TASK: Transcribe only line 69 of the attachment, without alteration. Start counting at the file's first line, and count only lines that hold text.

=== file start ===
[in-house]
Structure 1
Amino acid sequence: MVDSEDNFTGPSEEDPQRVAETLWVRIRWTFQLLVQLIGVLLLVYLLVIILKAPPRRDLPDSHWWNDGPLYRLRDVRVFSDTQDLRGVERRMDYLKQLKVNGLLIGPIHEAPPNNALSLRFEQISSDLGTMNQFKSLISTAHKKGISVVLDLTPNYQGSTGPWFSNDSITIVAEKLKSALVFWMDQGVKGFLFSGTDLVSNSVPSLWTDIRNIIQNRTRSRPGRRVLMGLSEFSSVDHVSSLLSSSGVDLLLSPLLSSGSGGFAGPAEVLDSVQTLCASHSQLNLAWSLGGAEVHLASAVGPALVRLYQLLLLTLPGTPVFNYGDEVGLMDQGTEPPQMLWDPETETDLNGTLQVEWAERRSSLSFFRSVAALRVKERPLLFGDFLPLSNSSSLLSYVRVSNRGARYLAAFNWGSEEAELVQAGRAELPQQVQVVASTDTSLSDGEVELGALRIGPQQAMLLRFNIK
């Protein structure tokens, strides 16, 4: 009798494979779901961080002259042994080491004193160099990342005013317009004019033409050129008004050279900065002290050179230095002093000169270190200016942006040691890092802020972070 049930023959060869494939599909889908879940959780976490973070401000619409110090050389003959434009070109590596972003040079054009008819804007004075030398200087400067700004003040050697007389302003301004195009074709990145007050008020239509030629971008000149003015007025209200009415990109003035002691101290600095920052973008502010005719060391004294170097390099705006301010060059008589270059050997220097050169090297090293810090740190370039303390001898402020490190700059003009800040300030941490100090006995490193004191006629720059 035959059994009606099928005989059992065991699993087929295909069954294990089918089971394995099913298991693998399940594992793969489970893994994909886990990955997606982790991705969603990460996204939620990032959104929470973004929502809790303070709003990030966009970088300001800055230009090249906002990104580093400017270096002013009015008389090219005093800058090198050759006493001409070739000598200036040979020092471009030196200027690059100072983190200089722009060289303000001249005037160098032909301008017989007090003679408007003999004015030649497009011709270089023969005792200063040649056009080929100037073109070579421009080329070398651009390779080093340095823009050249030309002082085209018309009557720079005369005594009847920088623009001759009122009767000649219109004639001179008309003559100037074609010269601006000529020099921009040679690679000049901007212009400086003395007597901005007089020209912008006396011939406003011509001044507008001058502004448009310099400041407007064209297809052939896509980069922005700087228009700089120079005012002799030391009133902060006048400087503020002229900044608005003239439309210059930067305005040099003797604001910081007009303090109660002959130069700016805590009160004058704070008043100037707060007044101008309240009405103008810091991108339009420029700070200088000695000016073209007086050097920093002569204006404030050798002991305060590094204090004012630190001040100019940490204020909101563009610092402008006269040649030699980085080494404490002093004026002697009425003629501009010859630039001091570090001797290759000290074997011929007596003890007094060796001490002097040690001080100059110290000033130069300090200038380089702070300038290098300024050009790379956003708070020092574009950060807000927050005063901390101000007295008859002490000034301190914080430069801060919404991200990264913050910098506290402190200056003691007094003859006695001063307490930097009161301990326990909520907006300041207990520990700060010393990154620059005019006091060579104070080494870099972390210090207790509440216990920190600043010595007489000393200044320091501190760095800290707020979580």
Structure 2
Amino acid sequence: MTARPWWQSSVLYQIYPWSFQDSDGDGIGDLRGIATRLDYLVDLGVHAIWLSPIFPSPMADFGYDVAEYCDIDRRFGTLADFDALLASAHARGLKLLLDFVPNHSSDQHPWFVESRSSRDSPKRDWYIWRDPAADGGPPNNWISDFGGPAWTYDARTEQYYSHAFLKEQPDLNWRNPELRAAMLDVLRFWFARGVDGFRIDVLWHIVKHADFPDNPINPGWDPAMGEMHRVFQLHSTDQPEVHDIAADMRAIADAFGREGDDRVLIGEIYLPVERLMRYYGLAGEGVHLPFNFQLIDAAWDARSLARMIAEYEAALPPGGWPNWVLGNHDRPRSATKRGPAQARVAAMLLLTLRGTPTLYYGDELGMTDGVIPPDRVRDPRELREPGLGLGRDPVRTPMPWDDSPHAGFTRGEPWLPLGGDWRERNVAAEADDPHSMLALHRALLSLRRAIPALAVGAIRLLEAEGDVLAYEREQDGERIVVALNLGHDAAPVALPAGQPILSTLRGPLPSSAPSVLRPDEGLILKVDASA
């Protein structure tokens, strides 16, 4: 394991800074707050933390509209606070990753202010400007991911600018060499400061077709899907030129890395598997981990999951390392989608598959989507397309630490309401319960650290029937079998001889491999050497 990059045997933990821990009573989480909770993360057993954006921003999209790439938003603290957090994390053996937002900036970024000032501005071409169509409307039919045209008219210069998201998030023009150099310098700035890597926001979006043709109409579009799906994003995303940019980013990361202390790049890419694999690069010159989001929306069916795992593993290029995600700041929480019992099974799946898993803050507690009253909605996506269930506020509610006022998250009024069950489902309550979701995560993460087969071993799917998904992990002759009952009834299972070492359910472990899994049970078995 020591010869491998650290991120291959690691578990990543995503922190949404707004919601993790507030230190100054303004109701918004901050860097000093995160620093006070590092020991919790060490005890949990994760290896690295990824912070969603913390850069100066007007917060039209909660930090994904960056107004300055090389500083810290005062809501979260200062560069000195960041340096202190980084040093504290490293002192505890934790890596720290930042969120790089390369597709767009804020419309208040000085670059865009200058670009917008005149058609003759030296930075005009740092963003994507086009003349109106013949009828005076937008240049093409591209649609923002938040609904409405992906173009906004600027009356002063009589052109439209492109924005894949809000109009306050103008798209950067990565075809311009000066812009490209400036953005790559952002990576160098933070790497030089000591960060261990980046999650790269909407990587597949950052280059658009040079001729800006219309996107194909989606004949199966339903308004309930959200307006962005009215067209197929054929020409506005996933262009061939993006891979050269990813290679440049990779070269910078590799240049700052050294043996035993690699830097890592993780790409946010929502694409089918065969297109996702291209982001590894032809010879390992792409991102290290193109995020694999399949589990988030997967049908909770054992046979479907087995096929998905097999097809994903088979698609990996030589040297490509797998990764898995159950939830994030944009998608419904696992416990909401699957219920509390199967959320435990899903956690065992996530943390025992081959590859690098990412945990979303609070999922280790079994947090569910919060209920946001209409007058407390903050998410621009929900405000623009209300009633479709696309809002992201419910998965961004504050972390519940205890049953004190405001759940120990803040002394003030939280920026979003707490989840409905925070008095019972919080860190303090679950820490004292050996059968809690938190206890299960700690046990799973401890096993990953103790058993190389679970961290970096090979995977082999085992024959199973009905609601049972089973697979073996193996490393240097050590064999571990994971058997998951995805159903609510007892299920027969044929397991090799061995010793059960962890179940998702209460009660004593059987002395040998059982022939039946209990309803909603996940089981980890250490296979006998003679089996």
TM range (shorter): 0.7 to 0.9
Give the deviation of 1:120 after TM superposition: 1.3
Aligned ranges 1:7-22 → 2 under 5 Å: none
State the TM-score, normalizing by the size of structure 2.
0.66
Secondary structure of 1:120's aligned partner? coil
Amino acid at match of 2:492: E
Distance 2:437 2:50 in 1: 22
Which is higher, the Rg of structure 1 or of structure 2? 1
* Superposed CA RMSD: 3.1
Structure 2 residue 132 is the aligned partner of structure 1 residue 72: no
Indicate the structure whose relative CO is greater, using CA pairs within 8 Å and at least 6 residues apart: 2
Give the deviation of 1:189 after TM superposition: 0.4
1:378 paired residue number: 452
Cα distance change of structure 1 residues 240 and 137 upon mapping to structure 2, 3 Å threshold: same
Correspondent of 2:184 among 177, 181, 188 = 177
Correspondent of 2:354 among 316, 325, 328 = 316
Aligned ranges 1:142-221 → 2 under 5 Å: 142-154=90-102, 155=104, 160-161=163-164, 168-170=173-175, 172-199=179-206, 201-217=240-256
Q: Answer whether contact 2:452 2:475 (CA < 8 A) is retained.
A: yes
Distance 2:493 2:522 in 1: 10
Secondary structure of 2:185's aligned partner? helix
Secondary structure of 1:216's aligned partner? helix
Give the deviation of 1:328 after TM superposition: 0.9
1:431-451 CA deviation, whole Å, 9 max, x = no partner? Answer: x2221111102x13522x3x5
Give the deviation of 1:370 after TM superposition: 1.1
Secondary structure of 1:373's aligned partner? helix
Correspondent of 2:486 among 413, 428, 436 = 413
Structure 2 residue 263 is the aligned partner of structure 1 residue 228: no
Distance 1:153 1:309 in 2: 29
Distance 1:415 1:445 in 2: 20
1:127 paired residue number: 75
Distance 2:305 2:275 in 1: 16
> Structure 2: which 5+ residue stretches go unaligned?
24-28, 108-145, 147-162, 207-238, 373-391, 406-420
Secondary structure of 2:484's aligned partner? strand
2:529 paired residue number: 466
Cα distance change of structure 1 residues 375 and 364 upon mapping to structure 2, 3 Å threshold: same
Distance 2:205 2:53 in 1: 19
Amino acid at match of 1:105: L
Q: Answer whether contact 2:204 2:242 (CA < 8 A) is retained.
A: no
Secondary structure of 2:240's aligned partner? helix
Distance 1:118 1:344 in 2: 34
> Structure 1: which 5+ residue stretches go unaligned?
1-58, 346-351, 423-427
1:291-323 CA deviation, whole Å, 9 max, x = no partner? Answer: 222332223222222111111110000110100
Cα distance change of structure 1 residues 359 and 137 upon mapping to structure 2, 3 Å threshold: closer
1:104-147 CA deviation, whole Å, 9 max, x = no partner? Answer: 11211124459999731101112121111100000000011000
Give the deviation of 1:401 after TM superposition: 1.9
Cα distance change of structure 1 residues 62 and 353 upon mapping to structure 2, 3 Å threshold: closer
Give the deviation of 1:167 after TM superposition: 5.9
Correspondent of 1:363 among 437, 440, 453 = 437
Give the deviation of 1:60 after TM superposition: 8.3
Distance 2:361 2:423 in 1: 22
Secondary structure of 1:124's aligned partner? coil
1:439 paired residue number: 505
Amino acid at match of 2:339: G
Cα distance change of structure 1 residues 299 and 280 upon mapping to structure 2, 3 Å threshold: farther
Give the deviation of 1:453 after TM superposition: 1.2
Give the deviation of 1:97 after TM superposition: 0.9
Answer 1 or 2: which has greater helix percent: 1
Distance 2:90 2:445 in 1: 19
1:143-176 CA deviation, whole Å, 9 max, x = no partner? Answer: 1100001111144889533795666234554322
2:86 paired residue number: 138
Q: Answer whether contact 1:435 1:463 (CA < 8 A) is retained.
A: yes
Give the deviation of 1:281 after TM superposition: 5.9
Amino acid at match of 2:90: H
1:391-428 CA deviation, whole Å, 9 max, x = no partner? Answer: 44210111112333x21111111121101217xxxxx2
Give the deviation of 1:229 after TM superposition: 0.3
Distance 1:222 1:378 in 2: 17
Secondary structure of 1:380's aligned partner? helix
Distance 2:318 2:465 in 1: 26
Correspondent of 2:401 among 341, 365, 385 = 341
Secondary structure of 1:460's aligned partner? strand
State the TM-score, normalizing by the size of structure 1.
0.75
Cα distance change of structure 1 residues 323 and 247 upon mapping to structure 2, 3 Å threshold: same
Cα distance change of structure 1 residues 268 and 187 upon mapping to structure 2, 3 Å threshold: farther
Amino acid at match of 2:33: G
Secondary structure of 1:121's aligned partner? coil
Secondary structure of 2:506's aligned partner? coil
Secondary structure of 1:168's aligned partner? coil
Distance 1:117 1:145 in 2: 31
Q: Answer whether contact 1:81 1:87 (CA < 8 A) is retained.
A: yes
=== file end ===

Answer 1 or 2: which has greater helix percent: 1